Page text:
San Francisco Giants: Could Colby Rasmus or Allen Craig handle LF?


Readers establish the legitimacy of this San Francisco Giants site as much as the writers posting the articles. In yesterday’s almost whimsical piece on Andre Ethier, readers not only held this site accountable for the issue of “trading with the enemy,” they also provided additional fodder for the mill by running two names up the flagpole, to see if there was a salute lurking out there somewhere: Colby Rasmus and Allen Craig.

Trading with the enemy “creates revenge and bite-you-in-the-ass scenarios” for one reader, which ironically is exactly what I envisioned, only I saw Ethier plaguing the Dodgers in future games the way he used to hurt the Giants. The reality is that any vision of that nature appearing as crystal clear to Giants fans, would be even more transparent to the Bums’ brass.

In my fantasy, I saw the Dodgers so eager to usher Ethier out the door, that I neglected to account for anything other than the division of his hefty contract, which I had originally listed at twelve million per year, but was gently redirected into the eighteen million range.

Readers make all the difference at Around the Foghorn and their comments are truly invaluable.

LA’s posse of GM types may seem overkill but there is too much experience in that brain-trust to expect ineptness.

Despite playing in just 92 games in 2014, making 78 starts, Ethier still sees himself as a starter. He batted .249/.322.370 with four home runs and 42 RBIs in 341 at-bats and refuses to go gently into that good night by accepting a platoon situation. Having had his inability to hit left-handed pitching pointed out to this site, a platoon would seem unlikely for a guy who wants to be a full-time player. Remember Aaron Rowand?

The thrust of yesterday’s piece included ongoing confidence in Brian Sabean’s ability to sift through what remains of viable options for left field, primarily because of the scouting combines already in place, which furnish the Giants with updated information on any player deemed worthy of note. For instance, both Rasmus and Craig were slowed by foot injuries in 2014. What is the status of each of the two players? Are their injuries responding to treatment?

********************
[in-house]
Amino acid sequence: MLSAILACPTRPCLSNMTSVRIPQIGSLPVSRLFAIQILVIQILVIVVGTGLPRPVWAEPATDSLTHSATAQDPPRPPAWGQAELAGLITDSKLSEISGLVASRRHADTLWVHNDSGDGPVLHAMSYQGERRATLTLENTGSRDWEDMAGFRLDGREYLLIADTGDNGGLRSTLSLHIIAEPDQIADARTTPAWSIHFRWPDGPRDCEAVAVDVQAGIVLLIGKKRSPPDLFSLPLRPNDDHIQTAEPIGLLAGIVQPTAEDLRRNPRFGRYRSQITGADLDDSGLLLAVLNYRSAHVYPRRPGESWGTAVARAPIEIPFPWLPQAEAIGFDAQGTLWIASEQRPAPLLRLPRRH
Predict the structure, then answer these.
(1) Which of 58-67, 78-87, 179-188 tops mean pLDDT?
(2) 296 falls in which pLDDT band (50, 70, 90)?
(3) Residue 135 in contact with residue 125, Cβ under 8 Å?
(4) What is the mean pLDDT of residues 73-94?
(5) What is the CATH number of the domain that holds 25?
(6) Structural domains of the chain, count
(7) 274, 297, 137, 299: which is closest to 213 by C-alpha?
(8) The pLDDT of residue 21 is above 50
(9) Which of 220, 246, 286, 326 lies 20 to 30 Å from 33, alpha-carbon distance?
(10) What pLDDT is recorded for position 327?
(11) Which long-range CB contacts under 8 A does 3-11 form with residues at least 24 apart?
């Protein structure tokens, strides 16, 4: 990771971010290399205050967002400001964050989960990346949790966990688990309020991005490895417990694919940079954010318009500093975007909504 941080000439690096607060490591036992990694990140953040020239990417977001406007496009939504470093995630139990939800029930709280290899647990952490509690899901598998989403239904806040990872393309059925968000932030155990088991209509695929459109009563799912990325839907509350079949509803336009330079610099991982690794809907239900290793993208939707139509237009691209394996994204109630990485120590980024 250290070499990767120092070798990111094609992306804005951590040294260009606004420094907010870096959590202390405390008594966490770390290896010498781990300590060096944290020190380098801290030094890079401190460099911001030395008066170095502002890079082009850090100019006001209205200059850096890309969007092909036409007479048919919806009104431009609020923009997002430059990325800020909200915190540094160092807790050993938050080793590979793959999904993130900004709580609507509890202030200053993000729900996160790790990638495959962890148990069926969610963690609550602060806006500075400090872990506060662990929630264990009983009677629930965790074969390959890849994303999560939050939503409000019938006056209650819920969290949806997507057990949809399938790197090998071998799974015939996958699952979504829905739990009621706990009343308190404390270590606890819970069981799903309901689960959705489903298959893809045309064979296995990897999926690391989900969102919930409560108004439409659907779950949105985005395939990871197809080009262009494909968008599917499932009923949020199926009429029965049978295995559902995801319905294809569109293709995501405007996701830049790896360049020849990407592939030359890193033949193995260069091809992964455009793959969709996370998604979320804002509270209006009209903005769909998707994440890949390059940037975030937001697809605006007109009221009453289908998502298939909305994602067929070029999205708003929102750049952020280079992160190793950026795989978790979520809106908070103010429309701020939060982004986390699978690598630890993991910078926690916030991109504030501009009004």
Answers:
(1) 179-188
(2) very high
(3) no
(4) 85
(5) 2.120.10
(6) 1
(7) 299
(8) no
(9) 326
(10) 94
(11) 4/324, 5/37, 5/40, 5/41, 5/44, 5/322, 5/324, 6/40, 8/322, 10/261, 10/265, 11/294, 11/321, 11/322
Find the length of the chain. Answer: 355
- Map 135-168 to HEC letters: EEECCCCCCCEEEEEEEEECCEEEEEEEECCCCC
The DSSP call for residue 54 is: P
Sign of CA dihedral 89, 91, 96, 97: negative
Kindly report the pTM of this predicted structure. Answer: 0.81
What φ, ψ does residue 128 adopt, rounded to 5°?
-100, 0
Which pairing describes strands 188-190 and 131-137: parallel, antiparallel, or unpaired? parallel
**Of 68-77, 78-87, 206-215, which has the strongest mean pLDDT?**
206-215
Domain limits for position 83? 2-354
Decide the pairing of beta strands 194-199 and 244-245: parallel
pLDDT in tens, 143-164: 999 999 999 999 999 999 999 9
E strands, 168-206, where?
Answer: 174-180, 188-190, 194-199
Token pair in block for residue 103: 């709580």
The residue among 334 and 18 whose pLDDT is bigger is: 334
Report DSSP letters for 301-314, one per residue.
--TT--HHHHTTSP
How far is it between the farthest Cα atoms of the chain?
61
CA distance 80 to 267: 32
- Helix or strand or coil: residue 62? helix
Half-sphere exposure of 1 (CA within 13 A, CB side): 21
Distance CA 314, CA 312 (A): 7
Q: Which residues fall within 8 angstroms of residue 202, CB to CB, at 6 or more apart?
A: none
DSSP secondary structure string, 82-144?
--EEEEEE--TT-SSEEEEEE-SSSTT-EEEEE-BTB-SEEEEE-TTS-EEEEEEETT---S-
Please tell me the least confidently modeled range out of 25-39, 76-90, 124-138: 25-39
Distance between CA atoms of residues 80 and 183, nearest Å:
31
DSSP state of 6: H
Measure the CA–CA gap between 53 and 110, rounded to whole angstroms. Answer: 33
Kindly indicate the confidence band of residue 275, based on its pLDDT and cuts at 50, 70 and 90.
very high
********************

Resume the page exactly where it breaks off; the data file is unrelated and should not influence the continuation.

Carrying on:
Rasmus’ numbers over a six-year MLB career look like this: 793 Gs; 3039 PAs; 2737 ABs; 409 Rs; 672 Hs; 142 2Bs; 18 3Bs; 116 HRs; 352 RBIs; 28 SBs; 15 CS; 262 BBs; 767 SOs; .246/.313/.438; and an ops  of .751.  Defensively, Rasmus has a .984 lifetime fielding percentage for his work in all three outfield positions.

“Rasmus is the younger of the two players at 28, has more power and can play center field as well. He is one of the few decent players remaining on the free agent market,” wrote one of the readers.

By comparison Allen Craig’s numbers look like this over a five-year MLB career: 498 Gs; 1925 PAs; 1752 ABs; 233 Rs; 494 Hs; 106 2Bs; 3 3Bs; 58 HRs; 293 RBIs; 11 SBs; 3 CSs; 136 BBs; 368 SOs; .282/.337/.445; and an OPS of .783.  Defensively, Craig has played in 86 games in left field, with 54 starts; he has a lifetime .998 fielding % for all of his defensive work.

“Craig made the All-Star team in 2013 and got votes for NL Most Valuable Player in both 2012 and ’13. He homered three times in nineteen at-bats in the 2011 World Series. In those three years (2011-013) he’s fourth among all NL players in batting average (.312), 12th in OPS (.863) and 14th in OPB (.364). He’s not a power hitter, having hit more than 13 homers only once,” wrote a second reader.

Craig is owed 26.5 million dollars over the next three years, according to John Morosi, but due to his slow recovery of a Lisfranc foot injury, Boston won’t be able to get much in return. According to my reader from yesterday morning, the Red Sox “are 5 deep in LF in their depth chart.”

Whereas Ethier would cost dearly in terms of prospects, both Rasmus and Craig could probably come cheaper with some creative maneuvering. As this site has repeatedly clamored, Brian Sabean has a bevy of scouts covering all available options.

This offseason has been noted for its slim availability of proven talent, but slim is better than none, and no one knows it better than Sabean. If anyone can find value on the scrap heap, it’s Brian Sabean, with a little help from some friends.

This site always appreciates the backup that readers provide!